Jakob Drexler (Ivándardárda)
Peter Steitz (Bonyhád)
Konrad Wolf (Margita-Puszta)
Johann Heppenheimer (Somogy)
Konrad Pflug (Margita-Puszta)
By the middle of 1950 additional 350 members joined the “Genossenschaft”.
The first crew of 40 men received accommodation in the barracks of former Women’s prison in the Rhein Street, and were joined a few months later by few female cooks, who prepared the meals. Fortunately some of the settlers found work in the city, and after the end of their working day continued working at the construction project until 9 p. m. or later, Sunday mornings included.
The first stage of construction – or “Schub”(thrust), as the construction crews were also called – started work immediately: First trees were cut, then basements excavated and the paths trampled down. Foundations, masonry, roof and floor work, plastering the interior, etc. were created by settlers themselves. Only the windows and doors as well as the electrical installations were made in the factories. There were no machinery to work with, trowel and hammer, shovel and wheelbarrow were all the tools the first crew had to work with. That changed in due time by purchasing concrete mixers as well as lift pulleys for the heavy loads.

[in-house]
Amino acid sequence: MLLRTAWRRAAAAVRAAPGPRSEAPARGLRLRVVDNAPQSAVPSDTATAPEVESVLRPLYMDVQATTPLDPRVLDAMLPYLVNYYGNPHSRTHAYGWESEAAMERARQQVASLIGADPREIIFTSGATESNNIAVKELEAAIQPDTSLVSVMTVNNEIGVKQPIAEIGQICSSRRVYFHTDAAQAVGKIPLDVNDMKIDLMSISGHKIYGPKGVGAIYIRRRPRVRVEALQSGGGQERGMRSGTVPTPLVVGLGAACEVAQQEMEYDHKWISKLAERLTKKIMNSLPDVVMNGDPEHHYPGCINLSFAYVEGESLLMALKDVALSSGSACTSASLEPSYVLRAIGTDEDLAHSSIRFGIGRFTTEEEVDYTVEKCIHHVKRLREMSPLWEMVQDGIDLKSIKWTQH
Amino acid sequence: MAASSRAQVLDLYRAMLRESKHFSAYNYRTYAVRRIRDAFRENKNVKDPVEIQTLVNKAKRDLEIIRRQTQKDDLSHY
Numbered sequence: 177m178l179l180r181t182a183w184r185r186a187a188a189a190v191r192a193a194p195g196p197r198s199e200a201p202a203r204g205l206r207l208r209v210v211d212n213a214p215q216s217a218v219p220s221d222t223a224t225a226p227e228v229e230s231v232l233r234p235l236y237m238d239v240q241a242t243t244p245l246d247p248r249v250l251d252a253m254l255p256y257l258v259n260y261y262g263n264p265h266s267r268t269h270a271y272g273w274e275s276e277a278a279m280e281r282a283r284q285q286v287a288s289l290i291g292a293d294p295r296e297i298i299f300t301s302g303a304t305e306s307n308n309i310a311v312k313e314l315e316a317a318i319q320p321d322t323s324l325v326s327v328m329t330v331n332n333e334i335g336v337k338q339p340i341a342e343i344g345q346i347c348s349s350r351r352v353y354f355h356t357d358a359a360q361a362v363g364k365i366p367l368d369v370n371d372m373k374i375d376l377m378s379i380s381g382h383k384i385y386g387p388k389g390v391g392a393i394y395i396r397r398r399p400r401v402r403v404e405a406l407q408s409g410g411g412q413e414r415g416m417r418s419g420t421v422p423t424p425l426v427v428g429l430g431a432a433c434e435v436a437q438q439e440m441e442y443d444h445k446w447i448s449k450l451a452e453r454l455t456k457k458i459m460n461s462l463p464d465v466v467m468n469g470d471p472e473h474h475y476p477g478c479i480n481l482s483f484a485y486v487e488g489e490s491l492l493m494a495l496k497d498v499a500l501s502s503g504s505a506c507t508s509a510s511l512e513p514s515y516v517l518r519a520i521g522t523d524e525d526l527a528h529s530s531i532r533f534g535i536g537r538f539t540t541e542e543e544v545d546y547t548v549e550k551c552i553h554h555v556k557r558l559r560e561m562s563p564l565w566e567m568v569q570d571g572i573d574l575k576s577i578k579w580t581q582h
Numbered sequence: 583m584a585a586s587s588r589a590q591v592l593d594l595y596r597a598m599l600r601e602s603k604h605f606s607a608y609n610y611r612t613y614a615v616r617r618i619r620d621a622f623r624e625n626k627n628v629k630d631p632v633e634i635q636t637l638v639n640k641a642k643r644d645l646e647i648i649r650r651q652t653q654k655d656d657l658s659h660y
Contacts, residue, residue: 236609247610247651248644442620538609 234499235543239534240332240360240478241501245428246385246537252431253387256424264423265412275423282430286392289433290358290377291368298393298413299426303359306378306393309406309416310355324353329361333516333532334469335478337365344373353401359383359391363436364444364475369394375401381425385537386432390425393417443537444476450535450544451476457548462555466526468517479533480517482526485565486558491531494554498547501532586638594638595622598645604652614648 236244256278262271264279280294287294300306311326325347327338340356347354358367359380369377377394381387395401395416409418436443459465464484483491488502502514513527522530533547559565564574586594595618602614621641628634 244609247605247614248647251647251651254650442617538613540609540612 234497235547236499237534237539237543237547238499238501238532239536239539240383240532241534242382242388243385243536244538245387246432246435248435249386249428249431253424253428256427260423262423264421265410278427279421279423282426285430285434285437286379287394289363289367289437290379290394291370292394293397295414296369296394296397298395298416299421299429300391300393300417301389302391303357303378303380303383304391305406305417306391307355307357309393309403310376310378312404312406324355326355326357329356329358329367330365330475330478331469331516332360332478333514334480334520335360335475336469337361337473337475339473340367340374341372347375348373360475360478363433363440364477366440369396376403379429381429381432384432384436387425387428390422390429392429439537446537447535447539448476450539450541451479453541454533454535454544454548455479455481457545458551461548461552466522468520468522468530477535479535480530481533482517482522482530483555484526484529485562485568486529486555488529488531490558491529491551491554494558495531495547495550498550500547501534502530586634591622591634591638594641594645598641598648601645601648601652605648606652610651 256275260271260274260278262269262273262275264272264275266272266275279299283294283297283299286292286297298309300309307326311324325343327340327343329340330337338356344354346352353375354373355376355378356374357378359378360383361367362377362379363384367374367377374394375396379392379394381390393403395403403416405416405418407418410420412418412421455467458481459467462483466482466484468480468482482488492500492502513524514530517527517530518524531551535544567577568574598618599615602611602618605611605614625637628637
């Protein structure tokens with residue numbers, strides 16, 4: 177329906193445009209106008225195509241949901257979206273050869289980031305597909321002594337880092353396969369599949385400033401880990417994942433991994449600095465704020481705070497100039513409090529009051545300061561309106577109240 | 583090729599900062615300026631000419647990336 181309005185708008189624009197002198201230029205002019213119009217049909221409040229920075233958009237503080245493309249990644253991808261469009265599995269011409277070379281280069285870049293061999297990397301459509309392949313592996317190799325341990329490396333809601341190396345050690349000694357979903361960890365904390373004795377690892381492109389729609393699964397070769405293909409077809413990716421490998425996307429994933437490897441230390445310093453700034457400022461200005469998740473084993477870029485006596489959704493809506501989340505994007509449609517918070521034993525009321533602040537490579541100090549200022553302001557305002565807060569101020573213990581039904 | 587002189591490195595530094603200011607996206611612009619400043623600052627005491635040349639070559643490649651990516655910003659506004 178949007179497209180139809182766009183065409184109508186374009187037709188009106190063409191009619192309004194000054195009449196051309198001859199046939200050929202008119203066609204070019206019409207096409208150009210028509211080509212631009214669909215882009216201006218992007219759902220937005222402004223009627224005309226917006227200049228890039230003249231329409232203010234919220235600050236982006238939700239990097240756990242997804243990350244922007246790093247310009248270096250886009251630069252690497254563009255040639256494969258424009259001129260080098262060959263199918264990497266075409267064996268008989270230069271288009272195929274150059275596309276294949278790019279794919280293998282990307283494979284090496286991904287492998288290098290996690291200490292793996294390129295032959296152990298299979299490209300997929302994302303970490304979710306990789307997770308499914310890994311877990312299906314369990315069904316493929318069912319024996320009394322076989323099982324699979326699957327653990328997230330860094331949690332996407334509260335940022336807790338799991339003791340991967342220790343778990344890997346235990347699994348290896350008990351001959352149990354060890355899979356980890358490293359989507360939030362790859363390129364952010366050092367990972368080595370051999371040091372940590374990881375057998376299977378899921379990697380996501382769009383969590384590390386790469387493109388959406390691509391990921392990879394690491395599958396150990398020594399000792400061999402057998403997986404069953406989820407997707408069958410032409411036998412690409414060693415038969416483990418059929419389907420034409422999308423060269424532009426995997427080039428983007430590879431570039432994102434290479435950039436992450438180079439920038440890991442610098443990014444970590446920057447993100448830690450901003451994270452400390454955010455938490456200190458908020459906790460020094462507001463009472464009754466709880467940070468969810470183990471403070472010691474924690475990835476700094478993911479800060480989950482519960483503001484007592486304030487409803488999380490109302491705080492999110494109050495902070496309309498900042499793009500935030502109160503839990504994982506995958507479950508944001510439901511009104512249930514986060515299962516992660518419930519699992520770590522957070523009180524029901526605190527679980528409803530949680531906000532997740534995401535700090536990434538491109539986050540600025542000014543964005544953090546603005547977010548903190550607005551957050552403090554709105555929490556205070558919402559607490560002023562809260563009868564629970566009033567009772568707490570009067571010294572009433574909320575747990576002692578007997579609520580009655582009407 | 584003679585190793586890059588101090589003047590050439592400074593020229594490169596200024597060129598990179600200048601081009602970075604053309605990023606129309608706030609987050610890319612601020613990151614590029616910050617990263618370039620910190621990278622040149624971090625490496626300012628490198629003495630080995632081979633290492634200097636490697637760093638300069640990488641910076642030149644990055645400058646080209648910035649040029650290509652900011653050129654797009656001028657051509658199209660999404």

One of the members in the first phase was Jakob Schmidt of town of Alsonána in the County of Tolna in Hungary. Back home he was a farmer, but to qualify for that project he quickly learned the bricklayer’s trade.
Even though most of the men were farmers or tradesmen, the beginning was most difficult. Friendly help delivered a group of Mennonites of varios European countries, who helped four weeks long dig out the basements, as well as volunteers from the former internment camp in Darmstadt. Even so there were many difficulties to overcome but eventually one house after another stood ready for occupancy.
More than a year later with hard work and great cooperation, in October 1950, 38 settler homes and as many granny quarters were ready for occupancy. Each consisted of one bedroom, a kitchen and a full bathroom. The homes were raffled out and handed over to the individual settler families during a dedication ceremony.
Eventually there would be nine such“Schubs”in that location stretching over two decades. There were other similar co-operatives spread across West Germany. It brings back to mind the history of our ancestors on the Pannonia plains, when they too started from scratch.
Studiendirektor Heinrich Kniess: Festvortrag zur 25-Jahr-Feier der Donausiedlung in Darmstadt am 9. Juni 1974
Stadt Lexicon Darmstadt
Dezso Szabó: Geschichte der Ungarndeutsche